- The Washington Times - Friday, May 27, 2005

Don’t be fooled by the disheveled hair and sooty gown.Hecuba (Vanessa Redgrave) is still every inch a queen — aloof, remote — somehow holding herself apart from the other enslaved women even when she is rolling on the ground, seized and alone in her grief.

The former queen of Troy may be a captive of the Greeks, but she still has her royal blood and the ability to persuade her enemy to wreak a gruesome revenge on the man who killed her son. She holds sway over the other Trojan women as well, beseeching them to use their limited resources to come to her aid. For a supposedly ineffective slave, Hecuba proves to have daunting sources of power.

The take-home lesson from the Royal Shakespeare Company’s stark production of Euripides’ tragedy is: Don’t mess with women, especially women who have been enslaved as a result of war. They don’t want pity or compassion, they want revenge for the humiliations they have suffered.

Freedom would be nice, but blood lust comes first.

Written around 424 B.C., “Hecuba” vividly charts the eternal, trickle-down effects of war, how no one is spared the atrocities of the battlefield. War hardens men — and women — and makes casualties of us all, especially in the casual cruelties we inflict on each other without forethought.

In “Hecuba” (a new, lean and mean translation has been provided by British poet Tony Harrison), the setting is the aftermath of the Trojan War. The Greeks are victors, the city is in smoldering ruins, and the men have mostly been slaughtered. The captured women of Troy wait on the harsh seacoast of Thrace to be taken to the foreign lands of Greece.

Amid a canopy of army tents, a Chorus of Trojan women (Charlotte Allam, Jane Arden, Rosalie Craig, Maisie Dimbleby, Barbara Gellhorn, Aileen Gonsalves, Michele Moran, Sasha Oakley, Katherine O’Shea, Judith Paris, Natalie Turner-Jones, Sarah Quist) accept their fate with varying degrees of bitterness and outrage. At first, they seem to be able to do nothing but lift their voices to the sky — in scenes of astonishing beauty, these women rail and berate their circumstances through majestic choral song that is accompanied by primitive drumbeats. The songs become almost a force of nature, gaining in strength and control as the play progresses, growing from mournful chants to eerie incantations.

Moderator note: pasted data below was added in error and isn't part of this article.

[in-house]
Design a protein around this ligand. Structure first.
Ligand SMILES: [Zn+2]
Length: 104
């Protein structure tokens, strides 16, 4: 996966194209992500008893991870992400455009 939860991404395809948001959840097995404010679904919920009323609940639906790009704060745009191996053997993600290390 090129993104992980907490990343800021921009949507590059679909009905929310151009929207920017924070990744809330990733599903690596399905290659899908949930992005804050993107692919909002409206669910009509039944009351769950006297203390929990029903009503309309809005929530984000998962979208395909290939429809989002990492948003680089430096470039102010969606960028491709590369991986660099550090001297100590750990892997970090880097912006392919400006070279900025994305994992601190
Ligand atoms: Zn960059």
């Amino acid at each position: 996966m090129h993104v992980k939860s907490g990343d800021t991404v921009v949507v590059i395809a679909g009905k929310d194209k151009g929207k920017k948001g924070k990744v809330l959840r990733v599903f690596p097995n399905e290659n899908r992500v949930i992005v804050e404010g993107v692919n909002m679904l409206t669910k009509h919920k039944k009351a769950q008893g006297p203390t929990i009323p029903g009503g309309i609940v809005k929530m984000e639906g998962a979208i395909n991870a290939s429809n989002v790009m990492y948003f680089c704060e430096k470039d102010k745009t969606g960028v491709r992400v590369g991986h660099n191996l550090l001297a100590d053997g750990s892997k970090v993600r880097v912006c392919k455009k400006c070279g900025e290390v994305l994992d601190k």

Hecuba, however, gives action to their songs. It is she alone who can persuade her captor, Agamemnon (Malcolm Tierney), to help her avenge the murder of her son Polydorus (Matthew Douglas), who has been slain for his gold by a supposed family friend, Polymestor (Darrell D’Silva). Hecuba, by this time, is nearly out of her mind with grief, having in the first part of the play been forced to hand over her daughter Polyxena (Lydia Leonard) as a sacrifice to the dead war hero Achilles.

“I’ll be glad to get into my grave,” she says as she watches her daughter, her “little bird” go off to her death with dignity and bravery befitting a princess.

Their parting scene crackles with exquisite pain as Polyxena embraces freedom and Hecuba more woe.

The men in the play inflict all sorts of barbarous brutalities, but they are not nearly as vivid as the effects of their deeds. The cruelties are almost sadistic, but what stay with you in “Hecuba” are the almost painterly descriptions of Polyxena’s death and Hecuba’s inventory of the pains she has endured. This is poetry at its most visual and wrenching.

Intellectually, you cannot find much fault with the male performances, especially Mr. Tierney’s canny Agamemnon and Mr. Douglas’ ghostly Polydorus, unhappily suspended between this life and the next.

The acting is solid, but not inspiring. The same could be said for Miss Redgrave’s Hecuba. Her diction and bearing are impressive, but there is an icy, cold core that the audience is not welcome to penetrate.

Emotional release comes through the Chorus, which is excellent throughout. As conceived by designer Es Devlin, the Chorus, in vegetable-dyed gowns in lapis and turquoise hues, seems an organic part of the earth and sky, belonging to nature rather than the foreign soil upon which its members find themselves. They bring a spiritual and physical intimacy to a production of “Hecuba” that is largely distant and enslaved by ideas rather than genuine feeling.

**1/2

WHAT: “Hecuba” by Euripides

WHERE: Eisenhower Theater, John F. Kennedy Center for the Performing Arts

WHEN: 7:30 p.m. Tuesdays through Saturdays, 1:30 p.m. Thursdays, Saturdays and Sundays. Through June 12.

TICKETS: $25 to $78

PHONE: 202/467-4600

MAXIMUM RATING: FOUR STARS

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